On the morning of Nov. 12, 1986, Carla Fendi presided over a somewhat unusual spectacle of destruction outside of Tavern on the Green in New York. Thousands of fake Fendi bags and accessories — covered in the iconic double-F logos, which were particularly popular at the time — were crushed in garbage trucks in front of press and curious spectators, in an effort to publicize the Italian fashion house’s crackdown on counterfeit goods.
Helping oversee the “Fendi Crush,” as it was dubbed, was a young attorney named Sonia Sotomayor, who had helped create an aggressive anticounterfeiting effort for Fendi at the law firm of Pavia & Harcourt. Today, that attorney is now a history-making judge on the U.S. Court of Appeals for the Second Circuit, nominated by President Obama for elevation to the U.S. Supreme Court.
Prior to her 16-year career on the federal bench, Sotomayor spent eight years in private practice, from 1984 to 1992, as a civil litigator at Pavia & Harcourt, with much of her work focused on representing European fashion and luxury brands. Fendi was one of her key clients, but she also did work for companies like Bulgari, Ferrari and Italian eyewear maker Lozza. Anticounterfeiting initiatives were a major focus of her work on behalf of those firms, and Sotomayor’s actions in this area made for a colorful — and sometimes dramatic — work life.
If confirmed by the Senate, Sotomayor will surely be the only Supreme Court justice who has chased a band of counterfeiters around the parking lot of Shea Stadium on the back of a motorcycle. Or accompanied federal marshals on raids of Chinatown storefronts, wading into dank basements to sort through phony Fendi bags and Rolex watches. But for the future judge, these cloak-and-dagger activities were the highlights of her private practice, which she joined following a five-year stint as an assistant district attorney in New York prosecuting murders, robberies and child abuse cases.
“My investigative experience with the Manhattan D.A.’s office came in handy when I found myself doing anticounterfeiting work on behalf of Fendi and other trademark owners,” said Sotomayor in a 1997 speech to the International Anticounterfeiting Coalition in Washington, D.C. “I particularly enjoyed the many lovely afternoons in Chinatown spent, wearing a bulletproof vest, with Heather McDonald — the ‘Dragon Lady,’ as she was affectionately called by the local vendors — seizing counterfeit goods from the nooks and crannies that many of us never imagined existed within the maze of buildings that is Chinatown.”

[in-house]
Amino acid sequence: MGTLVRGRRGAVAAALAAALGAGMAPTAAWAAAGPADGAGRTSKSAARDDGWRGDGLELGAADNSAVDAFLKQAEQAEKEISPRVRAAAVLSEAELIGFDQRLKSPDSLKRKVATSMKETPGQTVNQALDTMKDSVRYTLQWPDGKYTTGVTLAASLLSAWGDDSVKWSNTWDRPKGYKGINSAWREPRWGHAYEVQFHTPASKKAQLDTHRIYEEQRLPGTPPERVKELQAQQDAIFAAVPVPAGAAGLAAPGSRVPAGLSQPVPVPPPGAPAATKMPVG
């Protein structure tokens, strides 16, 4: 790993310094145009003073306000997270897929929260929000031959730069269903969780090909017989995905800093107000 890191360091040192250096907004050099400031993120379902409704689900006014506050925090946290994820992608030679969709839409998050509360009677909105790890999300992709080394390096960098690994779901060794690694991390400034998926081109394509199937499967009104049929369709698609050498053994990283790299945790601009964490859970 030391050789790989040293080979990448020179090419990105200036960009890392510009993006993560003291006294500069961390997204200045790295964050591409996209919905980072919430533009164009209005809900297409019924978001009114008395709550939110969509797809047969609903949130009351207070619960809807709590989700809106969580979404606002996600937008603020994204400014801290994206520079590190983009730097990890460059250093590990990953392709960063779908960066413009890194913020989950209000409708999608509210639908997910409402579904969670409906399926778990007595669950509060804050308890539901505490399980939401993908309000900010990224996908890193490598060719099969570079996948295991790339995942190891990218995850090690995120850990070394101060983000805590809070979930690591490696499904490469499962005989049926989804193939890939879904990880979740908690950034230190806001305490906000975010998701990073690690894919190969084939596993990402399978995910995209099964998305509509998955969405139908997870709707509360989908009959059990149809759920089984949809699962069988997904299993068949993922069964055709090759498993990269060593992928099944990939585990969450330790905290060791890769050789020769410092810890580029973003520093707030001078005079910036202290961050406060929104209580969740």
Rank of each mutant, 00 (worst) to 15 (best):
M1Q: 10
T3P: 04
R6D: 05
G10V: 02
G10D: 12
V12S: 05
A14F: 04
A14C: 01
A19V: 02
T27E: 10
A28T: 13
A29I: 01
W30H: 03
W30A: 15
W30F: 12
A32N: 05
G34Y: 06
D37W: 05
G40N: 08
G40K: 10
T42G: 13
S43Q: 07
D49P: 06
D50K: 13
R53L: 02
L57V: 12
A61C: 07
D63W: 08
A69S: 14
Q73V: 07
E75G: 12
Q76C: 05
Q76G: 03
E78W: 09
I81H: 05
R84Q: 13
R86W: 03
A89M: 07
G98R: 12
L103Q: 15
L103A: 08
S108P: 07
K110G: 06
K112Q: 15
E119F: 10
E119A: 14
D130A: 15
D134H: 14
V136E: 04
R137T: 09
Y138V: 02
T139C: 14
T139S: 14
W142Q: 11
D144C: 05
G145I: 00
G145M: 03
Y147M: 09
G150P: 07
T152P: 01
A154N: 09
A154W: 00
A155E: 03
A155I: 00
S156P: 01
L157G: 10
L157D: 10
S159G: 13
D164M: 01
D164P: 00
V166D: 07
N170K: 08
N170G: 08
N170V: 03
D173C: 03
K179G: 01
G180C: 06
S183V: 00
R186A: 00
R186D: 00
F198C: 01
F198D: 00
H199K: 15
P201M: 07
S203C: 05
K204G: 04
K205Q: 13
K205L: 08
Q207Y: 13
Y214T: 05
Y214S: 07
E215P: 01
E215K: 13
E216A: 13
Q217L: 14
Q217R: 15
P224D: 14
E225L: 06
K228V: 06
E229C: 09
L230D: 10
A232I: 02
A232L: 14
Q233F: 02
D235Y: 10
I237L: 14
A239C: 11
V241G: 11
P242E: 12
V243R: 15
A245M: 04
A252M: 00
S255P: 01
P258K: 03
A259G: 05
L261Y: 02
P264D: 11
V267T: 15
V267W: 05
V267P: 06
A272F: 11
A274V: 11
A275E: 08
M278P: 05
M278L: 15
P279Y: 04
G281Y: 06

McDonald was an attorney with another law firm at the time, who worked on anticounterfeiting measures for Swiss watch and French luxury brands. The lawyers were friendly and often worked together with police and Customs authorities on behalf of their respective clients.
“We spent a lot of time together in the back of police vans with the windows blacked out,” remembered McDonald, who is now a partner at Baker Hostetler specializing in intellectual property enforcement and anticounterfeiting litigation. “Frankly, it was a little bit like the Wild West in those days. Counterfeiting had just become illegal with the passage of a federal law in 1984 [which allowed civil seizures of counterfeit goods], and this was the early days of enforcement. There was the possibility of violence and we had bodyguards that stuck to us like glue. But as in her entire career, Sonia was a worker: she got right into those dirty basements — you can imagine what they looked like — and took inventory of the counterfeit merchandise.”
Of her spin around the Shea Stadium parking lot on the back of a motorcycle to give chase to a group of counterfeiters, Sotomayor told her IACC audience: “I have never gotten back on a motorcycle after that day, when I belatedly realized that cars were much bigger than motorcycles, and that I had lost reason in the heat of pursuit by ever getting on the motorcycle as a passenger at all.”
Sotomayor worked closely with the late Frances Bernstein, a partner at Pavia & Harcourt, to create Fendi’s national anticounterfeiting program. The two launched the effort in 1985, a year after Sotomayor joined the firm, and from 1988 to 1992, she was the partner in charge of the program. According to papers filed with the Senate Judiciary Committee overseeing Sotomayor’s confirmation proceedings, she applied for injunctive relief to seize counterfeit goods about once every two months during this period.